Some of their interviewees feared that the stigma would follow them and affect future marriage prospects. This is a huge burden to carry and explains why symptoms of stress and anxiety persist long after bullying has ended.
Sexual harassment has become the focus of much feminist debate in the last month following the publication of the controversial list of alleged predators in academia. Scholars and activists have long known that the prevalence of sexual harassment is much higher than official records show.
However, alongside sexual harassment, other forms of abuse which can’t be defined as ‘sexual’ as per the Vishaka Guidelines, but which are never-the-less based on gender inequity are ubiquitous. These include appropriating a female colleague’s work, slandering her, or revealing confidential information about her to co-workers.
The systematic exclusion of women from powerful positions and from formal and informal professional networks can create conditions for bullying. The fewer women there are across the hierarchy, the greater the chances of individual women being bullied. The ‘chilly climate’, as it is called, for women in male-dominated professions stems from institutionalised (and often ‘invisiblised’) sexism.
As for transgender workers, there has been limited systematic research into their experiences of bullying at work. Although a few enlightened Indian companies are hiring transgendered people, acceptance by co-workers is patchy given the entrenched prejudices of Indian society.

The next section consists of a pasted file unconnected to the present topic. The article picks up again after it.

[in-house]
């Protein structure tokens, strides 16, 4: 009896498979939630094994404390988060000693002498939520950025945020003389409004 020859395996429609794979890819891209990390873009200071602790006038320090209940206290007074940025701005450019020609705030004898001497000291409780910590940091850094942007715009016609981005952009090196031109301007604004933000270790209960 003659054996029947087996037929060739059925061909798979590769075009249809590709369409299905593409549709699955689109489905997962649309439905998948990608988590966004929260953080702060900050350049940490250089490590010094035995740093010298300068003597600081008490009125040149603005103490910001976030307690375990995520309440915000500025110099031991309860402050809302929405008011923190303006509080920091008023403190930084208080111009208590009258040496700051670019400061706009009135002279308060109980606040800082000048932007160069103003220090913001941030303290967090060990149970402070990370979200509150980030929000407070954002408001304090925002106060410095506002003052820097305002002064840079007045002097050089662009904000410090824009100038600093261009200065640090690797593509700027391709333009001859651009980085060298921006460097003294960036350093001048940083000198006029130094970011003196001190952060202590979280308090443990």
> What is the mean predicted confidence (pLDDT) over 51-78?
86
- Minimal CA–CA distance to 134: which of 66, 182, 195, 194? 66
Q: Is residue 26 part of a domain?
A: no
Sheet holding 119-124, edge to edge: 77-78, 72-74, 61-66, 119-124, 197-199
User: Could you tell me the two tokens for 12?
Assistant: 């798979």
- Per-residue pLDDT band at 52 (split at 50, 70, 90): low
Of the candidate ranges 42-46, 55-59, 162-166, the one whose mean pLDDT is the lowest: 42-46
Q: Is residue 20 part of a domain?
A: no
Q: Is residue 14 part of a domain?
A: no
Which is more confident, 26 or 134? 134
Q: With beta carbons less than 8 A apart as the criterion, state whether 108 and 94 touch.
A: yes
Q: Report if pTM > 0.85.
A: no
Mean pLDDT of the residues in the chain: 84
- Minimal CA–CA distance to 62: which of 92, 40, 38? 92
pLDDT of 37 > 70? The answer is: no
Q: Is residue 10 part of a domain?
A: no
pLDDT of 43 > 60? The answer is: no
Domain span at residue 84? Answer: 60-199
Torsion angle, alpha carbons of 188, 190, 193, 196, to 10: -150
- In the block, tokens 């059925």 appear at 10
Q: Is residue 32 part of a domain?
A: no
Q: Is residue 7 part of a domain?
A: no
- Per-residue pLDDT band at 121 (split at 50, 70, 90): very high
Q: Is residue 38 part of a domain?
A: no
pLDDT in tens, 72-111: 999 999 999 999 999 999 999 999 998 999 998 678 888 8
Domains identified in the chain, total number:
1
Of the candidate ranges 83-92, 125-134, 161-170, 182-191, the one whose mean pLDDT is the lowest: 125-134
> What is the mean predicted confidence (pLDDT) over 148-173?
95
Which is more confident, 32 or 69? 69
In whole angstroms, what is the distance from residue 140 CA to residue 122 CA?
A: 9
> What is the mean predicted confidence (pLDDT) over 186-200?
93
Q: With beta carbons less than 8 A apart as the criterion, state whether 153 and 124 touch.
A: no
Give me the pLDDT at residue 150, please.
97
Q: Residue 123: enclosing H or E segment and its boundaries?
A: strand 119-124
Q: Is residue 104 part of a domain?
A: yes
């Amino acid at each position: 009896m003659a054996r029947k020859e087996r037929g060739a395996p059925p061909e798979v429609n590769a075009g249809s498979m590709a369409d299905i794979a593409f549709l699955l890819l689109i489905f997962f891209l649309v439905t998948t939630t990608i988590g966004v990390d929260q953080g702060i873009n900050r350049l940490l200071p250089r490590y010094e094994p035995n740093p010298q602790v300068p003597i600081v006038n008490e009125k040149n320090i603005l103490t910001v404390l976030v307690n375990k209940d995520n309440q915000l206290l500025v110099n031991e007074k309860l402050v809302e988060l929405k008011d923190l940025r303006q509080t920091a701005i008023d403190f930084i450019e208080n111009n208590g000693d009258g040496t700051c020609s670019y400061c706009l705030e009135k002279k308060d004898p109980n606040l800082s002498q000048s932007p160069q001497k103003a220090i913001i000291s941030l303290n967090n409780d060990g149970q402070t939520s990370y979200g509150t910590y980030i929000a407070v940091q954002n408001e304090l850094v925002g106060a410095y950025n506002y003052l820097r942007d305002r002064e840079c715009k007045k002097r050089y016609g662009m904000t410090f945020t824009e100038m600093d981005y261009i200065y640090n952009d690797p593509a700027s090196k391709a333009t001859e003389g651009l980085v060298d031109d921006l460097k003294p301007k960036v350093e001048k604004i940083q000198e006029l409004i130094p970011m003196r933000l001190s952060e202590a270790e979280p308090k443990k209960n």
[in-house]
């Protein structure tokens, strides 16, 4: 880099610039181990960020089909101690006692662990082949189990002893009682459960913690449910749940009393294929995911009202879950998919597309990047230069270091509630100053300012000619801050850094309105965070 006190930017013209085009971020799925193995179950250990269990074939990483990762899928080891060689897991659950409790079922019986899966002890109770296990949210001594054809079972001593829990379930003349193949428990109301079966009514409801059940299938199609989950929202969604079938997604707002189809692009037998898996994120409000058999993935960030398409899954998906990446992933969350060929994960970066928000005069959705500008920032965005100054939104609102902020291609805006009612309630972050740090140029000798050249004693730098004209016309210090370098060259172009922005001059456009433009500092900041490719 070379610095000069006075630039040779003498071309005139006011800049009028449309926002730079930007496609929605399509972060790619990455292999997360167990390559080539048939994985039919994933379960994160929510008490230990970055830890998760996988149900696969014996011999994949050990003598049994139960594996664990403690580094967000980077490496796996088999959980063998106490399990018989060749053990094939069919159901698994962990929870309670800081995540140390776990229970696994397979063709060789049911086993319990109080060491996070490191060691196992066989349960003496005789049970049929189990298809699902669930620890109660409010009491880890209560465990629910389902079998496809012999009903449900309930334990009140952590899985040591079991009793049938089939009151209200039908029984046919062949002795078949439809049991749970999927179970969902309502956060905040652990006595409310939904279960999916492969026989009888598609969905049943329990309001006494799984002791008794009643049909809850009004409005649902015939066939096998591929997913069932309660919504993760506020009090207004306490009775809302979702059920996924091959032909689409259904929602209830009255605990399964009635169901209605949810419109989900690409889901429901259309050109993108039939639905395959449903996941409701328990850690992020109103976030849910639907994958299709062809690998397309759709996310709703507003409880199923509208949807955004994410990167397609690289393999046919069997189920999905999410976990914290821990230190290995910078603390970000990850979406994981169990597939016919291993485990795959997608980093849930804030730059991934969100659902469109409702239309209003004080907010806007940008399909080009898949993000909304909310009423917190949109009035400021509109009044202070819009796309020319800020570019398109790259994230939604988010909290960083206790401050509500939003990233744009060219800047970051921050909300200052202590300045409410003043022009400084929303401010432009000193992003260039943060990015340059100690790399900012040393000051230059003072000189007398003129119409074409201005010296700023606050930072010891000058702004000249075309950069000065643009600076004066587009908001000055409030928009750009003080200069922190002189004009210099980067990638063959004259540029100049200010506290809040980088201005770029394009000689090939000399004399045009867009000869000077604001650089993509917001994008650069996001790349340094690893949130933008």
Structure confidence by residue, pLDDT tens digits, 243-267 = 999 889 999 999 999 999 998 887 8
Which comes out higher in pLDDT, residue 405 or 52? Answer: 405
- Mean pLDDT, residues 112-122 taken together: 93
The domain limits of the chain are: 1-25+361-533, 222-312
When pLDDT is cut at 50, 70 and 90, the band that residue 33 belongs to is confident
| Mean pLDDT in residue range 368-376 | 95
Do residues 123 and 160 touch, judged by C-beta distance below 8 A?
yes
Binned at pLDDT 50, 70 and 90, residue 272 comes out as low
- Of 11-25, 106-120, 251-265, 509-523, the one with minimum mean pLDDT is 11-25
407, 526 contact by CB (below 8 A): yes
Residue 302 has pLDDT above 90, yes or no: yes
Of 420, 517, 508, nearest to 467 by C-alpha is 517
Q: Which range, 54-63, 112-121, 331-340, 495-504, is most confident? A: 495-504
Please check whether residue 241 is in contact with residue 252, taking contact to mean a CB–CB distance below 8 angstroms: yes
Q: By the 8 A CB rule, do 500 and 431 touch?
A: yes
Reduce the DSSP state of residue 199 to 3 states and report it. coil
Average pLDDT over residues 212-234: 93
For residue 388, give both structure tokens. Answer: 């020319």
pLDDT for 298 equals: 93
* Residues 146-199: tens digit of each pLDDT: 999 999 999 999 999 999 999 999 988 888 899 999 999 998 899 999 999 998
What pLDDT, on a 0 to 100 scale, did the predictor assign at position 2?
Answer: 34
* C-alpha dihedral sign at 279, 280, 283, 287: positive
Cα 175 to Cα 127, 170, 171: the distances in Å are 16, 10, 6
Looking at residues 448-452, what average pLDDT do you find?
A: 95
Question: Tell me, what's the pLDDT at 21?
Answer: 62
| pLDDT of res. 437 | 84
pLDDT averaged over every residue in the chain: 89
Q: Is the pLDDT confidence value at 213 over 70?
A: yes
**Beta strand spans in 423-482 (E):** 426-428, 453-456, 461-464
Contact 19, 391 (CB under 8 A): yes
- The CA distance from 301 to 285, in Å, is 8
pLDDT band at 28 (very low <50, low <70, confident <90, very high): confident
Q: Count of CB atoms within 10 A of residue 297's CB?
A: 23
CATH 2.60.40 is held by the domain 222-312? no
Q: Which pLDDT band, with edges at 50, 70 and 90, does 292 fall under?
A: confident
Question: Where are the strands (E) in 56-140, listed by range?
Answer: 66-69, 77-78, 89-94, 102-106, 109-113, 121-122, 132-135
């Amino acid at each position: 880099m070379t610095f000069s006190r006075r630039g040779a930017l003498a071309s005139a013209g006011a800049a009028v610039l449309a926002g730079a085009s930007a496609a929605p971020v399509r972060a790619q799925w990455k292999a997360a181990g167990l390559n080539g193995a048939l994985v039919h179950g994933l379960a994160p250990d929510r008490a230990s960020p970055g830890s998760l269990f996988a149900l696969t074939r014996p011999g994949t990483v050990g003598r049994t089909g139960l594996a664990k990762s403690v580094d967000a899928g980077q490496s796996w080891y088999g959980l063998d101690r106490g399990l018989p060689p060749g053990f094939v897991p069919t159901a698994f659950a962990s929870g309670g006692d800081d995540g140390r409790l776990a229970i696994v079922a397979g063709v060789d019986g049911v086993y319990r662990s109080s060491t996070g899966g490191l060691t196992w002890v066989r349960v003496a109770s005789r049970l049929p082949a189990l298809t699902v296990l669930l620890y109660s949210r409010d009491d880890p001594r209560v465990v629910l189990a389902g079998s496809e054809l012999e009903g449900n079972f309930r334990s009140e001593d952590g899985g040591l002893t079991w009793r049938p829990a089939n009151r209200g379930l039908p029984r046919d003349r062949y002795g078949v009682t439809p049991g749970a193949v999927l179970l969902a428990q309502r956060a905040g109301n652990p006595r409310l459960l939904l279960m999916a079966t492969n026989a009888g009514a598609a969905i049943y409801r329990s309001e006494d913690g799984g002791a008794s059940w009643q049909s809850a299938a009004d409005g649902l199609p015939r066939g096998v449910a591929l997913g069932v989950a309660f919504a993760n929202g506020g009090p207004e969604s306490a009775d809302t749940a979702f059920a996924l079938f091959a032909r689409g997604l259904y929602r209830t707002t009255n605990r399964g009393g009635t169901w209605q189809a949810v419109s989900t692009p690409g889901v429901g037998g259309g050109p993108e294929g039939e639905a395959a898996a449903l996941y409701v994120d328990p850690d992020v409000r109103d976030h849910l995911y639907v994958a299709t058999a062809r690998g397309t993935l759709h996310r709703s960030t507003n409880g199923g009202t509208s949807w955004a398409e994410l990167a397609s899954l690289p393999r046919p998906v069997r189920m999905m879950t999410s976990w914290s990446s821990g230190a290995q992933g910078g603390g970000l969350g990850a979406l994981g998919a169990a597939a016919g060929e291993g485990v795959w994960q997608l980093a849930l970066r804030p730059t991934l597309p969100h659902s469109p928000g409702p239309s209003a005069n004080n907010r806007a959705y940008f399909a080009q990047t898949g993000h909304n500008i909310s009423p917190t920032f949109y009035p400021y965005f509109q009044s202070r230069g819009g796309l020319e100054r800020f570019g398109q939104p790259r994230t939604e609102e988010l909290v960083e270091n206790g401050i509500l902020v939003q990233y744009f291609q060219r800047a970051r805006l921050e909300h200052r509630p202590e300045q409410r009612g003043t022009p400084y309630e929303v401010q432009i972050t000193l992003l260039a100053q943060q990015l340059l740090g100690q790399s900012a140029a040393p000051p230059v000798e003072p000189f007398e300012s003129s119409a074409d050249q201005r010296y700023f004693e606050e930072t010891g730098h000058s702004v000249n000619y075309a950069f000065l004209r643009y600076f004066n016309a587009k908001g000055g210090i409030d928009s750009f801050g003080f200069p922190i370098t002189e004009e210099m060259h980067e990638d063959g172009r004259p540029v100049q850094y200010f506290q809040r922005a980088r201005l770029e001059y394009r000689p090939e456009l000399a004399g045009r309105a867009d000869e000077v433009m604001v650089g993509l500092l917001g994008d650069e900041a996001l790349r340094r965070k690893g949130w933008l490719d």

Women targets outnumber men by two to one while the opposite is true for perpetrators.
Testimonies of bullying and oppression of trans people within communities or families suggest how challenging workplaces are likely to prove. In addition to gender, sexual orientation, membership of a minority ethnic group, religious group or a depressed caste, age and even marital status can make an individual more vulnerable to bullying.
Consequences for Targets
Like Weinstein’s co-workers, targets suffer from a range of health consequences including sleep disturbances, fatigue, neck and back pain, cardiovascular symptoms (high blood pressure, palpitations), irritable bowel syndrome, depression and anxiety. Prolonged exposure to bullying is highly likely to result in PTSD (Post Traumatic Stress Disorder).